1. Testimony from different witnesses placed his discovery in either August 2011 or October 2011.
2. The parties presented conflicting evidence regarding Murphy's and Malley's reactions to Knight's report. Knight testified that they were indifferent to his complaint, but Murphy and Malley testified that they acted immediately to paint over the graffiti. Because the jury decided the case against Knight on other grounds, it did not have occasion to resolve this dispute.
3. The parties also disputed the timing of Knight's termination by Stony Brook. While Knight contends that he was laid off about a week after he reported the racist graffiti, Malley testified that Knight's job ended a full two months after the report.
4. See Fed. R. Civ. P. 49(a) (“The court may require a jury to return only a special verdict ․” (emphasis added) ); see also Skidmore v. Balt. & O.R. Co., 167 F.2d 54, 67 (2d Cir. 1948) (“[W]e cannot hold that a district judge errs when, as here, for any reason or no reason whatever, he refuses to demand a special verdict ․”).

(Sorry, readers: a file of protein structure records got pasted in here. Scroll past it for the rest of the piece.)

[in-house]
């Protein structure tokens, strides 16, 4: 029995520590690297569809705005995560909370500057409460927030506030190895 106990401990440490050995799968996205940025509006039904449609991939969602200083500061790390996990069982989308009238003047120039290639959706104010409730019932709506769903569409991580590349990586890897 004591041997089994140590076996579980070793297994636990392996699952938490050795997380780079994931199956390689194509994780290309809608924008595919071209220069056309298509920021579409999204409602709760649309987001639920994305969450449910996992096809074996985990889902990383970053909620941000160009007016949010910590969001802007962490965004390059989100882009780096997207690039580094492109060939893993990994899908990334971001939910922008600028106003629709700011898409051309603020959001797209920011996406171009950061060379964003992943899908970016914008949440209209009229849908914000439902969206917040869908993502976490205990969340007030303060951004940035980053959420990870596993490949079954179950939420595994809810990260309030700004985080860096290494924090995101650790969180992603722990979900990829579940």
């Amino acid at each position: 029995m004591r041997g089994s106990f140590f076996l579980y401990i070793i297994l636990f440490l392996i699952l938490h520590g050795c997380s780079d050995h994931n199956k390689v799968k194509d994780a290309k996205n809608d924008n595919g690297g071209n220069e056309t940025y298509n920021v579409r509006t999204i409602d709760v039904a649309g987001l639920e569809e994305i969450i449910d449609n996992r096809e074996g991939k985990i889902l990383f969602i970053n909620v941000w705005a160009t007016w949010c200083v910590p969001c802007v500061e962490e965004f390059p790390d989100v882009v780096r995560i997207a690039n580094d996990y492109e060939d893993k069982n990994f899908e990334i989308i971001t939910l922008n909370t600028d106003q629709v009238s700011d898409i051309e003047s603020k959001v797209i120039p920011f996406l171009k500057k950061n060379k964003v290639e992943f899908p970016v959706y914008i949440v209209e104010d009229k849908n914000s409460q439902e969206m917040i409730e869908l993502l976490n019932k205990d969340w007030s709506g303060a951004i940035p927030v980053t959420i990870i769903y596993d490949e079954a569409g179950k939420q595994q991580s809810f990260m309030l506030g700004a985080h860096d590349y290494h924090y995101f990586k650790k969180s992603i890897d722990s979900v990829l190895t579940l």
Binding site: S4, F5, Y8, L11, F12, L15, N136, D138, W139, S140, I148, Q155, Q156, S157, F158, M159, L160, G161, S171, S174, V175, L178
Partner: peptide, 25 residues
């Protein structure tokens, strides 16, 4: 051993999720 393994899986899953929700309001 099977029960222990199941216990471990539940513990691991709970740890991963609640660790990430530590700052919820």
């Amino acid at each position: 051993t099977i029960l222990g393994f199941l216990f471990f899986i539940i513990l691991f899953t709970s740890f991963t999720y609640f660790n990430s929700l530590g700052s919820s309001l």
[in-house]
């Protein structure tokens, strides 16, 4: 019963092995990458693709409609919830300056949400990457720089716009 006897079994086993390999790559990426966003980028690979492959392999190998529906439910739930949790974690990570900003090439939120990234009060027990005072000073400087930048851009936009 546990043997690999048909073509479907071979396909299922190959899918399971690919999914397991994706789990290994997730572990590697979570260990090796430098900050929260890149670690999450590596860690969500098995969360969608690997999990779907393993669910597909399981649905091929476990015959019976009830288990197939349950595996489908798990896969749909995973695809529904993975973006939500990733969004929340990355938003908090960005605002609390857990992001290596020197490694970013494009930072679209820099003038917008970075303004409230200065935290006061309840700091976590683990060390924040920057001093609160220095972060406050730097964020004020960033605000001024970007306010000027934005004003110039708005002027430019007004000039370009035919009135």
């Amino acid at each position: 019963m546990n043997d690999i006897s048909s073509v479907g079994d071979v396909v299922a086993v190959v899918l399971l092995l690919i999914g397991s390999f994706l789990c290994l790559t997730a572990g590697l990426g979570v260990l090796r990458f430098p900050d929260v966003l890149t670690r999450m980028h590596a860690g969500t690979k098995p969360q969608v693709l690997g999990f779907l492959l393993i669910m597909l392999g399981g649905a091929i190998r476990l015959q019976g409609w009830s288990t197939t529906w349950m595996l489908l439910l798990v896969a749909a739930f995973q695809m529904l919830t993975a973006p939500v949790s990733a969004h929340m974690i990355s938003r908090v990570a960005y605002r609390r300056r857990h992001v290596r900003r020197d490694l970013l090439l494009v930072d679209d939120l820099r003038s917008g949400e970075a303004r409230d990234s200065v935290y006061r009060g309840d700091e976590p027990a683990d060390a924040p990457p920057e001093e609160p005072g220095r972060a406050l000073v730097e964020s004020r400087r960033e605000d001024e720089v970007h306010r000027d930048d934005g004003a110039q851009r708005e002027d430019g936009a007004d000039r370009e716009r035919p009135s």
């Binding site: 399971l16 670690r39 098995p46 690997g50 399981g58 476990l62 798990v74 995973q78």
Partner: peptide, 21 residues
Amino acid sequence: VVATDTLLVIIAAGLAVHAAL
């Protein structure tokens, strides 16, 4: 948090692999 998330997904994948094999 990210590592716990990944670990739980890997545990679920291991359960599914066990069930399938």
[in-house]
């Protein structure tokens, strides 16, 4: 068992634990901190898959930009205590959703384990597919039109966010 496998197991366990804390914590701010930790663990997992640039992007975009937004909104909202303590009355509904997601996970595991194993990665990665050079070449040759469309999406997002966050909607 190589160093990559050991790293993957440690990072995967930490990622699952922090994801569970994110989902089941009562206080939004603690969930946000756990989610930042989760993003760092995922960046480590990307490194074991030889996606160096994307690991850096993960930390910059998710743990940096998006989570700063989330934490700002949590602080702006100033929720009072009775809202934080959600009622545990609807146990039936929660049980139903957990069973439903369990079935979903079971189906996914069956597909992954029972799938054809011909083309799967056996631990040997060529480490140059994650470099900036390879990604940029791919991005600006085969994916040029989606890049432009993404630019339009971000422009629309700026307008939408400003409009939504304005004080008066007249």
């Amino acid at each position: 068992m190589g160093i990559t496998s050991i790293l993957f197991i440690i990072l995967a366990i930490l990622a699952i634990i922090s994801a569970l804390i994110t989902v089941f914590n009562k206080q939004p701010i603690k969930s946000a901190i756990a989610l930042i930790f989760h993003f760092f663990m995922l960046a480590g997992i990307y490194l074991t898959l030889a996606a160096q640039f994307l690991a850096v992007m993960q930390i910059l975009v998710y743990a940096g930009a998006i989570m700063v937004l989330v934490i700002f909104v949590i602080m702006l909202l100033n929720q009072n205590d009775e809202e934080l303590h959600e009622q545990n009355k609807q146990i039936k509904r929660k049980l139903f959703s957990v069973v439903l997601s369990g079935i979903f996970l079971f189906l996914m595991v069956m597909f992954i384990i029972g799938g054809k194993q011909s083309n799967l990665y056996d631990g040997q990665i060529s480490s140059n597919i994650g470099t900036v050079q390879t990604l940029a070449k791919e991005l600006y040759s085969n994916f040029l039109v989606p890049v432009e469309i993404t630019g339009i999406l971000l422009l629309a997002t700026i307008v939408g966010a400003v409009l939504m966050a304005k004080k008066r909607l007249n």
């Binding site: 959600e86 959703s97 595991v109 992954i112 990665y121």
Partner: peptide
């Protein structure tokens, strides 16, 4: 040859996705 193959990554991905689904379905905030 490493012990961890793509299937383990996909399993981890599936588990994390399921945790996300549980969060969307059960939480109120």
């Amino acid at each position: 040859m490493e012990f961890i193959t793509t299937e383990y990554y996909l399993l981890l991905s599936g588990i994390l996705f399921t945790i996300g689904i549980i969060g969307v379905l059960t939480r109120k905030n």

5. Similarly, the Supreme Court has held that a jury may decide the employer/employee issue in Federal Employers' Liability Act cases. Baker v. Tex. & Pac. Ry. Co., 359 U.S. 227, 228, 79 S.Ct. 664, 3 L.Ed.2d 756 (1959) (concluding in Federal Employers' Liability Act case that although whether an individual is an employee is a question of law, it “contains factual elements such as to make it one for the jury under appropriate instructions as to the various relevant factors under [the] law”); see also Restatement (Second) of Agency § 220, cmt. c (Am. Law Inst. 1958) (“If the inference is clear that there is, or is not, a master and servant relation, [the determination] is made by the court; otherwise the jury determines the question after instruction by the court as to the matters of fact to be considered.”).
6. To the extent Knight argues that Stony Brook has not established that he was an independent contractor, we note that it is not necessary for the defendant to establish that any particular label applies to a plaintiff's relationship to an alleged employer. It is rather the plaintiff's burden to establish to the satisfaction of the fact-finder that he is an employee within the meaning of the statute. If he does not, it does not matter how his status might be characterized.